When I first heard the word Kaizen, I thought this must have something to do with kayaking or meditation or meditating while kayaking. But I was a little off base. Kaizen derives from the Japanese words “kai” meaning “change” and “zen” meaning “good.” Improvement might be the English version of the word, but it goes deeper than just improving. Kaizen refers to activities that continuously improve all functions and involve all employees from the top of the organizational chart to the bottom.

Initially, Kaizen was associated with assembly line work. A well-known example took place when American auto executives visited the Toyota Plant in Japan. The executives were curious how the Japanese were able to have such high production rates and such low manufacturing errors. As they watched the cars being assembled, workers were allowed to stop the line to address an issue like a wrong bolt or a door poorly welded. This was unheard of in American assembly line work where the mantra was “never stop the line.” And maybe in the short run U.S. productivity levels were high, but in the long run productivity suffered, because recalls and repairs were required on the back end.

Kaizen has expanded past assembly line work and has made its way into variety of workplaces. Lisa Michaels in an article titled “How to implement the Kaizen philosophy in your workplace” identifies five ways to achieve that:

1. Embrace incremental change

One of the most fundamental tenets of Kaizen is small, incremental change or one percent improvement each day. Small, incremental changes are easier to implement than large, radical changes but they can have powerful cumulative results.

If you are a business owner wanting to improve your work culture, know that changes need to be gradual. Kaizen and innovation are the two primary methods used to create change. While innovation requires a radical, sometimes shocking transformation, Kaizen only asks you to take small, comfortable steps toward improvement. Those steps can seem ridiculously trivial, but they deliver results.

2. Seek feedback

Making small changes over time enables you to course correct if you realize you are heading in the wrong direction. When leading a team, asking for feedback will help you determine if the change you brought helps your employees work easier.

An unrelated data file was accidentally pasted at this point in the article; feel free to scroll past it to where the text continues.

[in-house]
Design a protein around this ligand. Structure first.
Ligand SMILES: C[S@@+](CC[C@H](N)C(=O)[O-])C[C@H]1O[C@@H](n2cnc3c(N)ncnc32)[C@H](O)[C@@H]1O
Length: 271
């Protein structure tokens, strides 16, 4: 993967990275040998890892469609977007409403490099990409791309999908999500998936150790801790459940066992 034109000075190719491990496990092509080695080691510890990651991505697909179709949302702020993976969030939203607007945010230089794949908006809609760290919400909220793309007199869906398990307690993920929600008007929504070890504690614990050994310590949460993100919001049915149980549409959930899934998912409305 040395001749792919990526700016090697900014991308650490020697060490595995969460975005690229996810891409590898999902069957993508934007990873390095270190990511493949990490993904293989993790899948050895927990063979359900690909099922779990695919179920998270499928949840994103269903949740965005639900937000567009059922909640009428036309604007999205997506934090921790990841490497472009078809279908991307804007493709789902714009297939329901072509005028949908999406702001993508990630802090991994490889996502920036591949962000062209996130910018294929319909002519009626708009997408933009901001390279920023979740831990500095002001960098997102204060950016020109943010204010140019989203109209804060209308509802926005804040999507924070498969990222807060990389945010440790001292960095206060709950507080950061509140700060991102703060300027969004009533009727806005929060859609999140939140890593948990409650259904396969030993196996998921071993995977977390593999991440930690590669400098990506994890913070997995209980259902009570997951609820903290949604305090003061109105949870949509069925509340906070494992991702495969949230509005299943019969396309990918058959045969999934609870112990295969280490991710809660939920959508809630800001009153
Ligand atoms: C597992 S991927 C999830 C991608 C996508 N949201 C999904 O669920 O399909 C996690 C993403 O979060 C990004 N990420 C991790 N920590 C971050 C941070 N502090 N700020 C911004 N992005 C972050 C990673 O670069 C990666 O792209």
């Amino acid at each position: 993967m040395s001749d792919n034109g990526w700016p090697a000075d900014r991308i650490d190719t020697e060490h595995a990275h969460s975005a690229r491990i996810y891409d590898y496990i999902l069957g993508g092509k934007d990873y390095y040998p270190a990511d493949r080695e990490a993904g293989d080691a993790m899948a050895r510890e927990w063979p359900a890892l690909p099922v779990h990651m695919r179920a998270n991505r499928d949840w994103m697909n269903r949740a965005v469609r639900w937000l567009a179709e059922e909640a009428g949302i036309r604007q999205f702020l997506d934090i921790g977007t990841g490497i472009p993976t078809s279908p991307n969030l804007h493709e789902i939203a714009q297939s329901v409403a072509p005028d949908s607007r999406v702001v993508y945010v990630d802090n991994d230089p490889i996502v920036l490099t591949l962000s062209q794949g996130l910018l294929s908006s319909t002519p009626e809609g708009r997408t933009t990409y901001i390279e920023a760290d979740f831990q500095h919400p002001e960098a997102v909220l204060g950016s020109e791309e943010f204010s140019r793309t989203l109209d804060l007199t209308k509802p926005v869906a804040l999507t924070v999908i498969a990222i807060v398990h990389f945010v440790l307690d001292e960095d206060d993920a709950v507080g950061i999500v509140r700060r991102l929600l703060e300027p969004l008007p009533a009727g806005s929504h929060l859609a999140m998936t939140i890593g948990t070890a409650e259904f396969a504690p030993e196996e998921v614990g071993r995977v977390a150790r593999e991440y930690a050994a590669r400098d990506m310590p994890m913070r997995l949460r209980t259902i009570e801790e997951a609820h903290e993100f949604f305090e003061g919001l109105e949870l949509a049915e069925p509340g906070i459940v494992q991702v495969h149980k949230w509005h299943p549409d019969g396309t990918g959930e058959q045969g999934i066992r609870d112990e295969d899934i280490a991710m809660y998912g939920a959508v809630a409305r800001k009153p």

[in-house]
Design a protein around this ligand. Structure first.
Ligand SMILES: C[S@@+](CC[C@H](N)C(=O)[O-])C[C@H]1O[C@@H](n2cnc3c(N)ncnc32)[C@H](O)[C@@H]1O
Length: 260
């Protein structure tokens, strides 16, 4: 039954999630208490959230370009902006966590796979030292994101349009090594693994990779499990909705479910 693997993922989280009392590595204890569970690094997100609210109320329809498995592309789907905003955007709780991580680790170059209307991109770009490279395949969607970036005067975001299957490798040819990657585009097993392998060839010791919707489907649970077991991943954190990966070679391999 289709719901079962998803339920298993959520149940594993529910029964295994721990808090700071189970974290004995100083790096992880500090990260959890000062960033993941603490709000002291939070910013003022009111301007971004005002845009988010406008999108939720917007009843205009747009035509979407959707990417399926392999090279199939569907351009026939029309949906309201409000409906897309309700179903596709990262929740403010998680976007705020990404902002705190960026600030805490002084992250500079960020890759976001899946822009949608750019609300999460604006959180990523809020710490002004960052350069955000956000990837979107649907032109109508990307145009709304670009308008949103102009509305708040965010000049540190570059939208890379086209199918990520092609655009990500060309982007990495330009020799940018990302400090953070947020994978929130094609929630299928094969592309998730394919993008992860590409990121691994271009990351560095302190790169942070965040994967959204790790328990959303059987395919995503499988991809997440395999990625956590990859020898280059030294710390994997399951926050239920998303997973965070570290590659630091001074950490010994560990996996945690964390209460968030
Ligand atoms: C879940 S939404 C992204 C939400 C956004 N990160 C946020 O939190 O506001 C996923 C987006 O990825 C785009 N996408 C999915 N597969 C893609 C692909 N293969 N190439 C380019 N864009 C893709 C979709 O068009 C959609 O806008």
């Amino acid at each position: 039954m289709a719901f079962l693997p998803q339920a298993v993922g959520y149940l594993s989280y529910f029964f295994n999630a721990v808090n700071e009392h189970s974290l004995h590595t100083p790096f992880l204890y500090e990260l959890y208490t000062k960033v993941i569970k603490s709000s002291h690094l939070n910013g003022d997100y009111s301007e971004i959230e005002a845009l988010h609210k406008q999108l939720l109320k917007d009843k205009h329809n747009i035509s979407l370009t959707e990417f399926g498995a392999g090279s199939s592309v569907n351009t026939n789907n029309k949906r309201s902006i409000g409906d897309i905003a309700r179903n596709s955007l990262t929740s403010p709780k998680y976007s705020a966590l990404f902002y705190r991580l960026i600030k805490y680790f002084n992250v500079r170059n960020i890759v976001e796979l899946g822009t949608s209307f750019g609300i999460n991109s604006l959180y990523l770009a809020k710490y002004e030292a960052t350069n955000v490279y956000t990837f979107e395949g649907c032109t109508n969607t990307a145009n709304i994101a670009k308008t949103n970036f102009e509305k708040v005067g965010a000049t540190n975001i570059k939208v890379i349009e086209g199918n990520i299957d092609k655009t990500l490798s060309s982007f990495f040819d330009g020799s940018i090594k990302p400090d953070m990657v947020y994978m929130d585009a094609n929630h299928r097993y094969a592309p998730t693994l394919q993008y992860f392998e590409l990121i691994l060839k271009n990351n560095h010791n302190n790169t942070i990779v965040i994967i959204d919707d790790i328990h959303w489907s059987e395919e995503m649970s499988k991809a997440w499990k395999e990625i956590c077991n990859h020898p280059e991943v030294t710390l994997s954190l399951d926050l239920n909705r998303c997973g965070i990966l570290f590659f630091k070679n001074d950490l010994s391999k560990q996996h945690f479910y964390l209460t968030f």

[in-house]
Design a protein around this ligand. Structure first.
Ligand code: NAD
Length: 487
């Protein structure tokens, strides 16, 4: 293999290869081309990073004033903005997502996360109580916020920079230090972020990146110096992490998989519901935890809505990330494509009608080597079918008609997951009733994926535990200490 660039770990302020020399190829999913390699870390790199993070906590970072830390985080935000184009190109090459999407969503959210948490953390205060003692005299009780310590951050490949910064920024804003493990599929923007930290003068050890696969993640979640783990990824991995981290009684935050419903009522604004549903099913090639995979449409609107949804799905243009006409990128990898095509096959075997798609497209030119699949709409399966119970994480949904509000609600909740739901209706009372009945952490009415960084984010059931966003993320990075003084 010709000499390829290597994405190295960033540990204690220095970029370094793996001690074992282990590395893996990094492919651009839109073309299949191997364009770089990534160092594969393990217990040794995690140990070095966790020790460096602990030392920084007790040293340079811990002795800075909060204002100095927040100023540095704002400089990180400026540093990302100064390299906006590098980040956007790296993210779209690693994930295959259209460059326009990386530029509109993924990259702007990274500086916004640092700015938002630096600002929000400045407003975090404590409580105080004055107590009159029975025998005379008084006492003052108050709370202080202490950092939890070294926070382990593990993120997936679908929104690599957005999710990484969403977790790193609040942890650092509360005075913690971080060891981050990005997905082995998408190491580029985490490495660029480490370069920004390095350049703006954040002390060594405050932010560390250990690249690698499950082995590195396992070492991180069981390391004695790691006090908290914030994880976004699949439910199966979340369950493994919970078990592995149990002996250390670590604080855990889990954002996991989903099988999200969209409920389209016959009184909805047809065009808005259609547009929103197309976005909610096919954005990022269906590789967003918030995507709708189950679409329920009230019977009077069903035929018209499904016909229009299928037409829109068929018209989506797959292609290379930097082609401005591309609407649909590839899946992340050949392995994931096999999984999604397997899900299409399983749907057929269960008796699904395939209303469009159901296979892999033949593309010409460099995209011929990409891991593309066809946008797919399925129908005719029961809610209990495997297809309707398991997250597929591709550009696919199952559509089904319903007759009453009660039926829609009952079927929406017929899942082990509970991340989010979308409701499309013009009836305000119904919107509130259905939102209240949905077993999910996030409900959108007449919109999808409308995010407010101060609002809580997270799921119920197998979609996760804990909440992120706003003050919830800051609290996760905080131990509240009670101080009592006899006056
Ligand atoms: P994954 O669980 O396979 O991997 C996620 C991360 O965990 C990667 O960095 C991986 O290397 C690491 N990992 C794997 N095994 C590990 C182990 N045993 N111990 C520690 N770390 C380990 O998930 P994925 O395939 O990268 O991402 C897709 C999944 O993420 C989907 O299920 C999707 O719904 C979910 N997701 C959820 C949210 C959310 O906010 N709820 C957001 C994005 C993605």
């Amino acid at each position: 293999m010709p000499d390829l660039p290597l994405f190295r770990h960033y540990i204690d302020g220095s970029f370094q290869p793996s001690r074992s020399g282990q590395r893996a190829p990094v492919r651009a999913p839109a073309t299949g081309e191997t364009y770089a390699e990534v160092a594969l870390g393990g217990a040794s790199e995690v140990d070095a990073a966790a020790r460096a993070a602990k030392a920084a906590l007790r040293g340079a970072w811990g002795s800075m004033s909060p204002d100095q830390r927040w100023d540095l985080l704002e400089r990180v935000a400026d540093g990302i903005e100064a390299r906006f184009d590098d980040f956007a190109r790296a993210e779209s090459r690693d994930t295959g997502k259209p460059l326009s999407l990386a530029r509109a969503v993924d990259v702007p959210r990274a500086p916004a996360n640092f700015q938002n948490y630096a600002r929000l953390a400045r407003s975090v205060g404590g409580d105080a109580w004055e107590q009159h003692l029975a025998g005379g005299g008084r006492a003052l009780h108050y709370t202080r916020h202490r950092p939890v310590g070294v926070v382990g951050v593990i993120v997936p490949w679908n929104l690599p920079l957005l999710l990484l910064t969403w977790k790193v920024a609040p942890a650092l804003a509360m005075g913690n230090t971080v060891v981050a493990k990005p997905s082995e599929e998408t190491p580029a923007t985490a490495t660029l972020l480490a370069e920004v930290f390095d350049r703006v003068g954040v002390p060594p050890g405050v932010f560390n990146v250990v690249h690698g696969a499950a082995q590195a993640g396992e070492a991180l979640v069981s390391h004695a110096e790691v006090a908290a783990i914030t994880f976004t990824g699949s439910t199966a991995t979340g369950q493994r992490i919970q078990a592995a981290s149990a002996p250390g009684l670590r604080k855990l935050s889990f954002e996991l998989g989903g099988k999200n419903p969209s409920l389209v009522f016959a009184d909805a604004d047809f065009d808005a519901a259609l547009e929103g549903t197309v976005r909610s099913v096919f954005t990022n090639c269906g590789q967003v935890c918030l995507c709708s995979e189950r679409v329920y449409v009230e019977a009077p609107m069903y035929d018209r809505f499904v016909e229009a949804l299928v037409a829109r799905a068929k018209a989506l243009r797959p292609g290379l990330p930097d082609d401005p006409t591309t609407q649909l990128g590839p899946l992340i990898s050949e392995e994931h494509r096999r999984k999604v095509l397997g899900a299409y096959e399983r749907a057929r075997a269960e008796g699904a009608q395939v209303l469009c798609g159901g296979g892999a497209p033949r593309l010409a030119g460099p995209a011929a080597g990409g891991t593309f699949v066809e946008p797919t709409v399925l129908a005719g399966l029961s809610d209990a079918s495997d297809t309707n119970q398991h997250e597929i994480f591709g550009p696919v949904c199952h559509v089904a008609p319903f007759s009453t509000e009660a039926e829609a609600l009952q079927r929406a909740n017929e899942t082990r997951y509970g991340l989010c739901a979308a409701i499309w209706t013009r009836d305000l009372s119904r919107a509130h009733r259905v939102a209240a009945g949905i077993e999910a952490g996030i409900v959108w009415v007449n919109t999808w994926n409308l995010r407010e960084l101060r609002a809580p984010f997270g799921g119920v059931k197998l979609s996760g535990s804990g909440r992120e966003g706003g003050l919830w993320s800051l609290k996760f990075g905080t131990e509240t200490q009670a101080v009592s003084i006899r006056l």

Feedback should be a part of your business improvement strategy. Note that just asking for feedback does not always mean you will get it, and how you respond to it will also go a long way towards determining if you ever get it again.

But it’s important to note, not all feedback is helpful, so learn to evaluate and filter information without alienating the person giving it. Just because their feedback may not be useful in one instance doesn’t mean they cannot contribute.

3. Eliminate waste

In Kaizen, eliminating waste gives you the resources to create one percent improvement each day. The constant evaluation coupled with striving to reduce time-consuming or unnecessary activities creates the time to focus on growth and improvement.

4. Focus on improving processes

You might think of Kaizen as creating a recipe using the fewest number of steps and ingredients to achieve the best results. Even the most innovative processes can stem from making small changes. Ask yourself: What can I do in one minute per day to make better?

5. Work as a team to solve problems

In that same vein, asking proactive, but small questions to train your mind into thinking of a solution is very Kaizen. The answer may not come right away, but these questions can help all team members brainstorm potential solutions and contribute their point of view. Kaizen encourages team participation in solving the problem rather than spending time trying to place the blame.

Applying Kaizen elements to daily tasks may improve the work flow and help implement small changes that in the long run can have a positive impact on the business at hand. It can also give a sense of responsibility, ownership and belonging to those who work closely with the day to day operations of a company.

And hey, maybe practicing Kaizen in regard to kayaking will help me move through the water with ease and serenity.